So I bought these large dipper gourds at a yard sale a couple of years back. They were straight out of some guy's garage, still all moldy and raggedy from his garden. I got them for a dollar. I envisioned some lovely birdhouses when I looked at these, and I played the "Mother's Day" card pretty hard. That didn't quite work out, though, so the birdhouses turned into a school project.
First thing to do was to get rid of all that scaly scubbiness covering the outside.
Did you know that steel wool sands that stuff right off?
And soaking can take you a long way, too.
We preferred soaking to sanding, since we quickly found that stuff to be a lung-clogger.
Underneath the scaliness, we found beautiful, lovely patterns graining the surfaces of the gourds.
It's like ink-blot samples straight from nature.
Measuring out the holes was a careful exercise of newly learned compass skills. Even the difference of a tiny, weensy 1/4 inch can discourage a bluebird while encouraging a wren. Weird.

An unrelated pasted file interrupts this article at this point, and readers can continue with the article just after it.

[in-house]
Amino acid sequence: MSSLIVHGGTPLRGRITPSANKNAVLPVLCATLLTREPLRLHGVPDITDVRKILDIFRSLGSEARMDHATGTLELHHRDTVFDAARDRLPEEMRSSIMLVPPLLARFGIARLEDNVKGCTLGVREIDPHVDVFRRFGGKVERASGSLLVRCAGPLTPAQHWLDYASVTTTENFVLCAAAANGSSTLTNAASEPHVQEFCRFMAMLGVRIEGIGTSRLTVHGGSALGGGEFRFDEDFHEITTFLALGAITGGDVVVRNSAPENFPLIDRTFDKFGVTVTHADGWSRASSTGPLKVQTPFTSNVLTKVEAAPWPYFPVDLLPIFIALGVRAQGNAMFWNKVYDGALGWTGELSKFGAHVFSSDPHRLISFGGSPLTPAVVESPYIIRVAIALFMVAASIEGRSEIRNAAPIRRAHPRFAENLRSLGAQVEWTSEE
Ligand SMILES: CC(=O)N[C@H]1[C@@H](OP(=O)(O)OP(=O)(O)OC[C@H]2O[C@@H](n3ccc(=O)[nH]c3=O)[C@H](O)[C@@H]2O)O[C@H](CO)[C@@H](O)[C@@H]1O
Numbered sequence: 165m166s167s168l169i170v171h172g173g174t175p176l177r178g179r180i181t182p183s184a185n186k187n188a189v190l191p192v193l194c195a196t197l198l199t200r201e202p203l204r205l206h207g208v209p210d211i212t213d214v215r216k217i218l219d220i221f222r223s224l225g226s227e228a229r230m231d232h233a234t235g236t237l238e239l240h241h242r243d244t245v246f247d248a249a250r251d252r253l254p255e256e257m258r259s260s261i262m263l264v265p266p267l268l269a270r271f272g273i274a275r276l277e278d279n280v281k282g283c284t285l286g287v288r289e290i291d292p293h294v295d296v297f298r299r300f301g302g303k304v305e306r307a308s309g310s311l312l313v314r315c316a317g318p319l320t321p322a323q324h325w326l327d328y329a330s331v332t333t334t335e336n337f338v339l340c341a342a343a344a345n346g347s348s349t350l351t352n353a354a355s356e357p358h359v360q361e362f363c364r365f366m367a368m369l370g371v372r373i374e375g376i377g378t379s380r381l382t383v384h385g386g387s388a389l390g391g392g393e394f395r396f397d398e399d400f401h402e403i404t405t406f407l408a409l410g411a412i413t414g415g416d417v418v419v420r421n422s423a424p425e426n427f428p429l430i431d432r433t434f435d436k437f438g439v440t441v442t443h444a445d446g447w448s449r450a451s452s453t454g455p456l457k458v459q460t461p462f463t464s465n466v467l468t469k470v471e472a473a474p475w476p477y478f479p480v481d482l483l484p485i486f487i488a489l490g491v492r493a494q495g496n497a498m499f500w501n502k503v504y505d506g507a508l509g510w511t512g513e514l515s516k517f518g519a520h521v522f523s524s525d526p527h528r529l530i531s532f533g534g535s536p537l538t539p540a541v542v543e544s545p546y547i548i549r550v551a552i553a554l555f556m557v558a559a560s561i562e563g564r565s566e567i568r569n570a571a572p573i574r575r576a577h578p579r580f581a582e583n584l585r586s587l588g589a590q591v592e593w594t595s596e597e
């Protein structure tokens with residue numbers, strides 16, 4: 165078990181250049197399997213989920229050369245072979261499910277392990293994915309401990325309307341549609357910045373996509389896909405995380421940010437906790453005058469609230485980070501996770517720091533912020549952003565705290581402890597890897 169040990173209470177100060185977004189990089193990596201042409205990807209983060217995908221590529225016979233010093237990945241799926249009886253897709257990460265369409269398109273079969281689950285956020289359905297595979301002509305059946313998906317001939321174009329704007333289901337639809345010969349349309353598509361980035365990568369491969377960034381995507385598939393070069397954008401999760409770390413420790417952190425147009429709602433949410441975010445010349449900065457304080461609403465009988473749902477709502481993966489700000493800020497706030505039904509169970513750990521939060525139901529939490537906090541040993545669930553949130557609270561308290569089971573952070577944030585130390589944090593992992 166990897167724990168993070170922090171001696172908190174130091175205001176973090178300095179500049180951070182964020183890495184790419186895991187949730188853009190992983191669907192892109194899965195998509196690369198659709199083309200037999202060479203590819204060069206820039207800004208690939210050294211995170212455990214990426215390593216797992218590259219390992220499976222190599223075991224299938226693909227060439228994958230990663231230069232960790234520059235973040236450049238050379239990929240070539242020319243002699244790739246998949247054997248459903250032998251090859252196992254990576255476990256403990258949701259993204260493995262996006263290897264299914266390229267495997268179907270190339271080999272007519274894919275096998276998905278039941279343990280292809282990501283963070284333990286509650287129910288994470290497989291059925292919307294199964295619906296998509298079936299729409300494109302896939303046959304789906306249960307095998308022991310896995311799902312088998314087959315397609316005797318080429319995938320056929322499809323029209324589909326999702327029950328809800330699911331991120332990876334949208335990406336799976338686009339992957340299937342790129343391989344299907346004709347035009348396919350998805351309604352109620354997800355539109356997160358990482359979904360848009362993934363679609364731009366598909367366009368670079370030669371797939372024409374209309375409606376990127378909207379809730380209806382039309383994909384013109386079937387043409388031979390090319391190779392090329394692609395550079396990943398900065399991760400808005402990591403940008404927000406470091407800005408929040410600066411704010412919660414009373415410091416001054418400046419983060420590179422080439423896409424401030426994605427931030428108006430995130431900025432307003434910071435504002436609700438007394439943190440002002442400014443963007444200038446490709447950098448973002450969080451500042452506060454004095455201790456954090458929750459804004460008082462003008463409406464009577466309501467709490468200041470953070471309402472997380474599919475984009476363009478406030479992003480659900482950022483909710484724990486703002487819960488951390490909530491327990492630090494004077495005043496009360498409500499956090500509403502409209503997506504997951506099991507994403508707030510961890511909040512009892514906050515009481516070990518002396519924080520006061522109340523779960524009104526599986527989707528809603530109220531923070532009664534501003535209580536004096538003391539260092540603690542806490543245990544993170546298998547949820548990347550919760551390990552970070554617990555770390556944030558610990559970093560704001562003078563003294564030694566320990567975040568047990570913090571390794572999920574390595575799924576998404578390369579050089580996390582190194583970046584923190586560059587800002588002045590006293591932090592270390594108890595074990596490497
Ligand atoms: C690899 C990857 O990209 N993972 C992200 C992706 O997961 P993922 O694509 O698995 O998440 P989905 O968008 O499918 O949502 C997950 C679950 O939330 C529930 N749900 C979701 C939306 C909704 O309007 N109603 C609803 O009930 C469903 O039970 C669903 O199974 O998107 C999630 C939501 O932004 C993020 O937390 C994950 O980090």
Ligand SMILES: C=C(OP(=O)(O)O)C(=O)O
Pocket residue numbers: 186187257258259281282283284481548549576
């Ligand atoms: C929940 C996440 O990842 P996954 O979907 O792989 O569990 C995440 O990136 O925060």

Those miniature spinner gourds were bought at a flea market - five for ..... a dollar! I drilled some tiny holes in them, too, making what --- a fairy abode? a lightning bug retreat? I don't know yet, but they're so diminutively awesome! I got plenty of seeds out of them, and they're sprouting out in the greenhouse. I plan to run them up a small teepee, spray the heck out of any white mildew that appears and harvest my own crop of spinner cuties.
I think they look great hanging out in the red maple, even though they're still empty.
I plan to put up a VACANCY sign in the morning.